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Helping Your Child With ADD (ADHD) at School

Patricia Quinn, M.D. and Kathleen Nadeau, Ph.D.

One of the biggest concerns for the parent of a child with ADD (ADHD) is the impact of ADD (ADHD) on academic functioning. ADD (ADHD) often makes it difficult for a child to stay focused on his classwork, difficult to listen and remember the teacher's directions, and difficult to complete work in a timely fashion.

Collaborate and communicate with your child's school.

Teamwork between home and school is critical. It is important that the school faculty be aware of all that you are doing for your child with ADD (ADHD). That way, everyone is working on the common goal of helping your child achieve independence and academic success. The school will need information about your child's diagnosis, treatment and academic recommendations so that a plan of action can be set in place.

It is critical to establish consistent and open communication with your child's teacher. Collaborate with your child's teacher to find solutions for your child's ADD (ADHD) challenges.

With your busy schedule, it's not always easy to meet with your child's teacher in person, so here are some ways to keep in touch:

  • Communicate by phone or email on a regular basis.

  • Create a notebook that travels back and forth with your child for the teacher to write down any notes about your child. You can also add any important information that you think the teacher should be aware of as it arises.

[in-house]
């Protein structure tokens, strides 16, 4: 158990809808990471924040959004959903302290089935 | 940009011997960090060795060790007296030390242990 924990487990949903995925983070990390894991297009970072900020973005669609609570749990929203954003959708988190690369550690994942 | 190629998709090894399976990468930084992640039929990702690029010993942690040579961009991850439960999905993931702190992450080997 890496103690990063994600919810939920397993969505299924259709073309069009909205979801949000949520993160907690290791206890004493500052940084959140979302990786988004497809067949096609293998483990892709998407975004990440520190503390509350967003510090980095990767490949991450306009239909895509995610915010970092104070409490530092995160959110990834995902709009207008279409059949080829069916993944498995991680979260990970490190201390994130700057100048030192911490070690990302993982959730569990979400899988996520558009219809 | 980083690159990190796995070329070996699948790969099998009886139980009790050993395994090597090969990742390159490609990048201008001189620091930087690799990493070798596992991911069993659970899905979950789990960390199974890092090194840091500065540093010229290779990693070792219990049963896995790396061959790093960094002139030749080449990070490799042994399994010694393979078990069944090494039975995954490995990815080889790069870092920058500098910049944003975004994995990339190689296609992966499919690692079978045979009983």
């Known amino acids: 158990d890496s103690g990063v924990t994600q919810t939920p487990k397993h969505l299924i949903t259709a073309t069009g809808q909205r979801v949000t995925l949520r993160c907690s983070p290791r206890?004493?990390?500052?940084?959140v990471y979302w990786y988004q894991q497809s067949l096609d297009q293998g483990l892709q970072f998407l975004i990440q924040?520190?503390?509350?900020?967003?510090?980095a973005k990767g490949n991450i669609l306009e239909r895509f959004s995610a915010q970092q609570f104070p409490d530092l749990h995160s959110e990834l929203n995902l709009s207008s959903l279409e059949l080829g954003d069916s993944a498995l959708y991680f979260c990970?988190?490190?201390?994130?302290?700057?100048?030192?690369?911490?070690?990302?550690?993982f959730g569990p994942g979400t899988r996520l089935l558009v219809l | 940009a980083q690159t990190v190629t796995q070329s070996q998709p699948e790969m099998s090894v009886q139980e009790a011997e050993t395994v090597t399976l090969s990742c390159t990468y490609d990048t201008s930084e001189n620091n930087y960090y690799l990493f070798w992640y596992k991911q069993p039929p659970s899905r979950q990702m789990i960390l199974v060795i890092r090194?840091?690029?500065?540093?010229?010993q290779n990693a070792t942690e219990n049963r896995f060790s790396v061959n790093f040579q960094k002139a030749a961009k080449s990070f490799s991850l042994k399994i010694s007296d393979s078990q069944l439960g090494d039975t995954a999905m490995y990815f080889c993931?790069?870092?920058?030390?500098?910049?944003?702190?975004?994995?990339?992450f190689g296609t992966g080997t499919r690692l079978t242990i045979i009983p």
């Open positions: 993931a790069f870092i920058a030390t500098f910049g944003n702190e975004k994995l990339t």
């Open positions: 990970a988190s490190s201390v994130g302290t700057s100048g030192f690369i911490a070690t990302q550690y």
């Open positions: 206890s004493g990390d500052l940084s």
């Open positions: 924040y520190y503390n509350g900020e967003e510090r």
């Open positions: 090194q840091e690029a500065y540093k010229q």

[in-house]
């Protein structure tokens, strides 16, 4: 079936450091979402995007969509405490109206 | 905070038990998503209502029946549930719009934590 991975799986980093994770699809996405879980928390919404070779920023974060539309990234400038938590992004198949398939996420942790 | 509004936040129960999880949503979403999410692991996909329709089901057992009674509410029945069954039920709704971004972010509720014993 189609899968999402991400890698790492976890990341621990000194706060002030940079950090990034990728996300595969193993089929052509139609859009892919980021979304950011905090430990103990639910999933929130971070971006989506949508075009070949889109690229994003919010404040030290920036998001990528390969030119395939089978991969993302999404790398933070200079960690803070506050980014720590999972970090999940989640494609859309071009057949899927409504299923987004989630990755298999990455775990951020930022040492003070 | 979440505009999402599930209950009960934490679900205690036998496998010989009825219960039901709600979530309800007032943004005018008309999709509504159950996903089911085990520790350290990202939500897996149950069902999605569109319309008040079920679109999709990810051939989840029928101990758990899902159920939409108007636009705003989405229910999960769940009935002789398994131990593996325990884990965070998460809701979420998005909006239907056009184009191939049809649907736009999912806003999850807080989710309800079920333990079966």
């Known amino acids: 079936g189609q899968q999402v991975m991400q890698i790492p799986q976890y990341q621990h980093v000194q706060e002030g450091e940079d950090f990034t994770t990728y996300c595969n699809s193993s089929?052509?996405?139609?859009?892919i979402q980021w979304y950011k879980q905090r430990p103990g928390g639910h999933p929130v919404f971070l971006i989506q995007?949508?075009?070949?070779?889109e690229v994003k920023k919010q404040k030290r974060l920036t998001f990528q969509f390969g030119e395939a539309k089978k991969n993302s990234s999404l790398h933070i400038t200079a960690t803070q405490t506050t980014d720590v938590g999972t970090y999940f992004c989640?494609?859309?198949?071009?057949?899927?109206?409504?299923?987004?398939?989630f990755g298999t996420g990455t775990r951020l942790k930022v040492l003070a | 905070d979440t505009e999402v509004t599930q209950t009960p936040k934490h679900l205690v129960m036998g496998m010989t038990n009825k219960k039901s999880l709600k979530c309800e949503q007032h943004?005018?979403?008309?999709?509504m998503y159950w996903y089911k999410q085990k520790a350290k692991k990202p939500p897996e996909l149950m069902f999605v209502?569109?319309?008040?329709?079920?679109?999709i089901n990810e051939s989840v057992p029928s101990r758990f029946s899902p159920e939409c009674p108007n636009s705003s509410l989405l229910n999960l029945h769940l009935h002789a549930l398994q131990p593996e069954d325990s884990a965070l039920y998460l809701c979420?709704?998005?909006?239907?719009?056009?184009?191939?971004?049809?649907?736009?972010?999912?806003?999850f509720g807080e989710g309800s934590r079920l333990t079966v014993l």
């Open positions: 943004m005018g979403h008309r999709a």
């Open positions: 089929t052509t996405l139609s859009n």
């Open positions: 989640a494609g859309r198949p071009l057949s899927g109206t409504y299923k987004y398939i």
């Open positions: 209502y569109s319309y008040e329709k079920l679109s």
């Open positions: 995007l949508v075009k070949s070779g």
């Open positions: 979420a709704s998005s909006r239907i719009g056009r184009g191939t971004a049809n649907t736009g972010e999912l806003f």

• Provide the teacher with a set of stamped, self-addressed envelopes that the teacher may use to mail important information home rather than sending it with your child.

Learn strategies to reduce homework hassles.

  • Let your child take an active role in making homework decisions. Homework isn't optional, but there are many options about when and how to do homework.

  • Help your child observe himself or herself so that the child knows when and how he or she works best. Some kids need vigorous exercise after school before tackling homework, while others need to "veg-out." Still others do better if they complete homework before dinner. Similarly, some need to work in the same room with a parent to stay on track. There are kids who concentrate best while listening to music; others need total silence.

  • Encourage your child to try different approaches to homework. Together with your child, develop a daily homework plan that best suits his or her individual needs. Then encourage your child to stick to the plan until it becomes a habit.

  • Remove distractions that interfere with homework completion. Whether it's television, the phone or instant email messages, anything that repeatedly interferes with homework should be removed until homework is finished.

  • If your child takes medication, it's important that she be on the medication during homework and after-school activities. Be sure she schedules her difficult reading assignments and written work for times when the medication is most effective.

  • Don't try to "tutor" your child. That doesn't mean that you can't help your child once in a while. But if your child needs a lot of help, has a specific learning disability or has major problems with planning, time management and completion of long-term assignments, he needs professional help.

  • Don't do the work for your child. By spending many hours helping your child, and/or doing much of the work for him or her, you are not allowing the child to learn to deal with her ADD (ADHD). Give your child support and encouragement, along with the message that she is strong enough to carry the load.

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